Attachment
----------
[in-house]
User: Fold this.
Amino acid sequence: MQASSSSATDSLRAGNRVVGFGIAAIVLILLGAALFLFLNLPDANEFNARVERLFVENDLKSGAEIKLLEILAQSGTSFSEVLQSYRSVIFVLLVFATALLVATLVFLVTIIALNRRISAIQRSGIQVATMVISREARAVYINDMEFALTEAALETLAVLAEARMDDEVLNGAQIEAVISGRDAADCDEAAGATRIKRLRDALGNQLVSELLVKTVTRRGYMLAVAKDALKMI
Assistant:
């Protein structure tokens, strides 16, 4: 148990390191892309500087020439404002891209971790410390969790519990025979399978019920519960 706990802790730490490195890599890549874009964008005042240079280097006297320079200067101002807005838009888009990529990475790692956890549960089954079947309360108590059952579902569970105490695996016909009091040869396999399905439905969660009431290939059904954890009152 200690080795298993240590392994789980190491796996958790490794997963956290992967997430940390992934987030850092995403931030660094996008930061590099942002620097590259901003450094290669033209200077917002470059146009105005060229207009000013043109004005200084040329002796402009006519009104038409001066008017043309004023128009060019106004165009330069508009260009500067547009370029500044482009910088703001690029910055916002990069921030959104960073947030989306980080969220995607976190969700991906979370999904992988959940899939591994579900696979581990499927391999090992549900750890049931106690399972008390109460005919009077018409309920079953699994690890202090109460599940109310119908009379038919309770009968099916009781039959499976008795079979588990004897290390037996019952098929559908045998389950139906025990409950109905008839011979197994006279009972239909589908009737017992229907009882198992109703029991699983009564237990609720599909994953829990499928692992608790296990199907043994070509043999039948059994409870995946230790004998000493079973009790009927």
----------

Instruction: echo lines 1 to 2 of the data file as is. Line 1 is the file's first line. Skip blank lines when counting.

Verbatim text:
[in-house]
User: Fold this.